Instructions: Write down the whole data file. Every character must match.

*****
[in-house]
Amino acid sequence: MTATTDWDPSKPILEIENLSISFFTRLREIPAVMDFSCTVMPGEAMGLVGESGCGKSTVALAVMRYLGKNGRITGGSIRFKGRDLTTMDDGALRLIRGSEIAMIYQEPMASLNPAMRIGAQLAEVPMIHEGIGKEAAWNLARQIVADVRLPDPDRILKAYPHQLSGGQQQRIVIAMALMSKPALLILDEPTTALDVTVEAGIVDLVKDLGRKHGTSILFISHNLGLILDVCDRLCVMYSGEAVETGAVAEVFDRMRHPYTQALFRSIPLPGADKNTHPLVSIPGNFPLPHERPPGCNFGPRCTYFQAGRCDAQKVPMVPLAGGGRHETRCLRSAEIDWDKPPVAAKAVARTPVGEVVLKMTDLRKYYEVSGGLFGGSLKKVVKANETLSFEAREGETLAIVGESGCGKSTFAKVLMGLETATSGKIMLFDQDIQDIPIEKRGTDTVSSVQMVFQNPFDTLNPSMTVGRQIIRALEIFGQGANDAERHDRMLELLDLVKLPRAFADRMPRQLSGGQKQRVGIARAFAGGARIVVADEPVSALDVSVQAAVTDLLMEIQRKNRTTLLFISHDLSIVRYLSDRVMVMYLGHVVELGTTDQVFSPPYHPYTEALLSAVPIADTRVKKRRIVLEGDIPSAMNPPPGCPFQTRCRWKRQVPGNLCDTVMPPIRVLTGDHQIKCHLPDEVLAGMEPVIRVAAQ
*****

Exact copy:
[in-house]
Amino acid sequence: MTATTDWDPSKPILEIENLSISFFTRLREIPAVMDFSCTVMPGEAMGLVGESGCGKSTVALAVMRYLGKNGRITGGSIRFKGRDLTTMDDGALRLIRGSEIAMIYQEPMASLNPAMRIGAQLAEVPMIHEGIGKEAAWNLARQIVADVRLPDPDRILKAYPHQLSGGQQQRIVIAMALMSKPALLILDEPTTALDVTVEAGIVDLVKDLGRKHGTSILFISHNLGLILDVCDRLCVMYSGEAVETGAVAEVFDRMRHPYTQALFRSIPLPGADKNTHPLVSIPGNFPLPHERPPGCNFGPRCTYFQAGRCDAQKVPMVPLAGGGRHETRCLRSAEIDWDKPPVAAKAVARTPVGEVVLKMTDLRKYYEVSGGLFGGSLKKVVKANETLSFEAREGETLAIVGESGCGKSTFAKVLMGLETATSGKIMLFDQDIQDIPIEKRGTDTVSSVQMVFQNPFDTLNPSMTVGRQIIRALEIFGQGANDAERHDRMLELLDLVKLPRAFADRMPRQLSGGQKQRVGIARAFAGGARIVVADEPVSALDVSVQAAVTDLLMEIQRKNRTTLLFISHDLSIVRYLSDRVMVMYLGHVVELGTTDQVFSPPYHPYTEALLSAVPIADTRVKKRRIVLEGDIPSAMNPPPGCPFQTRCRWKRQVPGNLCDTVMPPIRVLTGDHQIKCHLPDEVLAGMEPVIRVAAQ